Sound Card Packet  with AGWPE

Translations of this site
Most recent AGWPE version is:  2013.415  15 Apr 2013

Introduction
Overview
Computer requirements
Packet Engine Pro

Configure AGWPE
Download and Install
Basic AGWPE Setup
2 Radio Setup
2 Card Setup

Sound Device Setup
Basic Device Settings
Rename Sound Device
Additional Settings
Using the Tuning Aid

Problems?
Program Behavior
Receiving
Transmitting
Connections
Firewalls

AGWPE Features
AGWPE on a Network
Baud Rates & Modes
Remote Control
TCP/IP Over Radio
Tips and Tricks
Traffic Parameters

Compatible Programs:
Setup Help

Radio Interface
Getting Started
Kits and Pre-assembled
USB SignaLink
Receive Audio Cable
Transmit Audio Cable
PTT (TX Control) Cable
2 Radio Modification

About Packet
Packet Overview
Exchange Modes
TNCs and AGWPE
What To Do with Packet
Common Frequencies
Frame Headers
Further Reading
 

Deciphering Packet Frame Headers

AGWPE follows the AX.25 protocol that is the standard for ham radio packet, however, AGWPE does not use the standard TNC2 packet frame display status protocol, but a more comprehensive custom protocol developed by the program author, George SV2AGW.

If your terminal program (e.g. AGWterm) is set to display packet frame headers, you will see these status indicators and can follow what AGWPE is doing and how it is interacting with another station. This can sometimes be helpful in diagnosing connection problems.

Listed below are the explanations for each type of packet frame header.

Note that within the packets, there may be these additional indicators:

  • PID is the "protocol identifier". PID=F0 means the frame contains text -- "F0". If the frame contained TCP/IP data, the ID would be "CC". Other identifiers are used for NET/ROM , Flexnet, Apple Talk, etc.
     
  • P and F mean Poll and Final. The P and F "bits" are used to indicate when a reply or ack (acknowledgement) is desired. For example, when the sending station includes a P bit in the packet header, it means "respond immediately to this packet". If the P bit is missing, the destination station will wait for additional packets until one appears with the P bit and then acknowledge all of the packets at once. The sending station controls how many packets AGWPE will send without a P bit by setting the MAXframe parameter. For example, if MAXFrame is set to 5, four (4) packets will be sent without the P bit and the fifth will contain the P bit.  The destination station will respond to the fifth packet with an ack that includes the F bit to indicate the last number of the packet frame sequence which is received.

All packets frames are identified by number, the first number being 0 (zero) and the last being 7. After 7, the numbering sequence restarts at 0 (zero). The numbering system is used to track packets, so that each receiving station can compare how many packets were sent to it and how many it has received. If a packet is missing, the receiving station will request a re-transmission of numbered packets.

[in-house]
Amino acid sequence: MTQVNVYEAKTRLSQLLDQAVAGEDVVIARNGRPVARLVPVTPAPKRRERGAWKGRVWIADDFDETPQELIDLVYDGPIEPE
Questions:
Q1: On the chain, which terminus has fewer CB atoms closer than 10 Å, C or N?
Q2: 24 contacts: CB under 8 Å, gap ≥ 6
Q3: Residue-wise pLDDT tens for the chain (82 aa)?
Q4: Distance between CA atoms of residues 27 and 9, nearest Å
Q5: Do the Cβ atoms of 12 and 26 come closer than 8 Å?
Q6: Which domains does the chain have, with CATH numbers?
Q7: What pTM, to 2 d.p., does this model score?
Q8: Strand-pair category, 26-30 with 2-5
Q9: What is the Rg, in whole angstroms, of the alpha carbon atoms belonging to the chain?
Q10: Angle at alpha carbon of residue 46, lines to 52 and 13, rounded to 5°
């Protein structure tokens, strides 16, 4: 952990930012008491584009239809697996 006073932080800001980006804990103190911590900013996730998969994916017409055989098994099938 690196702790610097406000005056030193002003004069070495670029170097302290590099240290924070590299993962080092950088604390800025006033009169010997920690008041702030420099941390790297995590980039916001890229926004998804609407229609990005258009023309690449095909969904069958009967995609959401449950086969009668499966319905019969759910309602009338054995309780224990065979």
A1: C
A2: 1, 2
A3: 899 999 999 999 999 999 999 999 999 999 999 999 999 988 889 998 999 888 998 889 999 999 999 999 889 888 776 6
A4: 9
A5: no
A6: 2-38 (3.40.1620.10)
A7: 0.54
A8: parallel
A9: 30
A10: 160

Packet frame headers:

<UI pid=F0 Len=32> - an unconnected frame (e.g. beacon) sent to no station in particular but to everyone, i.e. . The PID is "F0" since it contains simple ASCII text. (UI frames are used in APRS, for example.) Len=32 means the packet contains 32 characters.


<SABM P> - a request from station A to station B for a connection. The P bit is used to request an immediate reply. (Set Asynchronous Balanced Mode)


<UA F > - the reply from station B to station A accepting the connection request. It is also used to accept a disconnection <DISC> request.  The F is used to tell station A that all packets were received successfully. (If station B could not accept the request, it would send a DM frame;  see below.)

<DM F > - a refusal to accept the original connection request, perhaps because another connection in in progress.

<DISC P> - a request from either station to disconnect from the other. (This is accepted with a UA frame).

<I P R3 S0 pid=F0 Len=28 > - this in an information ( I ) packet containing data (text, etc). The P requests an immediate acknowledgment. If the P were absent, then the receiving station would delay its acknowledgement until it received a frame with a P in it.  R3 indicates that the station last received the other station's packet #2 and is ready to receive  #3. S0 indicates that this packet being sent is # 0 (zero). Len=28 means the packet contains 28 characters.

<RR P/F R1 >  - this is a "ready to receive' (RR) packet simply acknowledging receipt of packet #0 and ready to receiver #1.

<REJ P/F R1 >
- this is  reject (REJ) packet meaning that the packet just received was out of sequence or a duplicate or not received accurately; ready to receive packet #1 instead.


The REJ can also be sent by a TNC to indicate its buffer is full and it is not ready to receive (NRN)]. In addition, some  AX.25 implementations, e.g. BPQ-DOS node, use a REJ packet instead of P;  immediately after the last packet in a sequence (maxframe), a REJ is also sent to force an acknowledgement by the receiving station.

Another frame that is rarely seen is a FRMR (Frame Reject). It would be sent if the packet received had an invalid control field or an illegal data field or a data field that was too long or other problem. In general, you will not see such a frame unless you are writing your own AX.25 code and testing it.

Last Updated:
18Aug2015

by Ralph Milnes NM5RM

 

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